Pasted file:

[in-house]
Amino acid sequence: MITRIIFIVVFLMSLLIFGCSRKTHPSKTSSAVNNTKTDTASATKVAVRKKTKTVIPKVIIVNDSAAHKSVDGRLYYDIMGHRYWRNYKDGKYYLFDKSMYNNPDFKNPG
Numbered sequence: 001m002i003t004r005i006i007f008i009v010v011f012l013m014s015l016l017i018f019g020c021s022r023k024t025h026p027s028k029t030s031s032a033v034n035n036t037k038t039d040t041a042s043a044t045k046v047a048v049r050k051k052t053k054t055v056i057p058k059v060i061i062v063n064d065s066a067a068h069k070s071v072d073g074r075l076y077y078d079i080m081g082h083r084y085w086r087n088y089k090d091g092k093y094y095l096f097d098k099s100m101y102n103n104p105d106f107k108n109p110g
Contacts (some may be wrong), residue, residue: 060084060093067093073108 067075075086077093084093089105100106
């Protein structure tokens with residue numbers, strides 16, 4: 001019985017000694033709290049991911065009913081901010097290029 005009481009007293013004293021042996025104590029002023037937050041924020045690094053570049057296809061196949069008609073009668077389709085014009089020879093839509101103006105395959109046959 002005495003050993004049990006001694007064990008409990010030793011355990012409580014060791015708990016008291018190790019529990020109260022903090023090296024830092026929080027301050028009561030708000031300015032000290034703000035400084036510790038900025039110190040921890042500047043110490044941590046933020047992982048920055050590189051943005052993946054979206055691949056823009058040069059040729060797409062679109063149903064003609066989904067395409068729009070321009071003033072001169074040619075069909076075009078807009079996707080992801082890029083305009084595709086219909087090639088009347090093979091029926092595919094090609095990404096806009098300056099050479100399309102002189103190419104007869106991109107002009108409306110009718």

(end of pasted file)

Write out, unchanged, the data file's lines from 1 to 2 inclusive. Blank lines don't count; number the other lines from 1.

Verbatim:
[in-house]
Amino acid sequence: MITRIIFIVVFLMSLLIFGCSRKTHPSKTSSAVNNTKTDTASATKVAVRKKTKTVIPKVIIVNDSAAHKSVDGRLYYDIMGHRYWRNYKDGKYYLFDKSMYNNPDFKNPG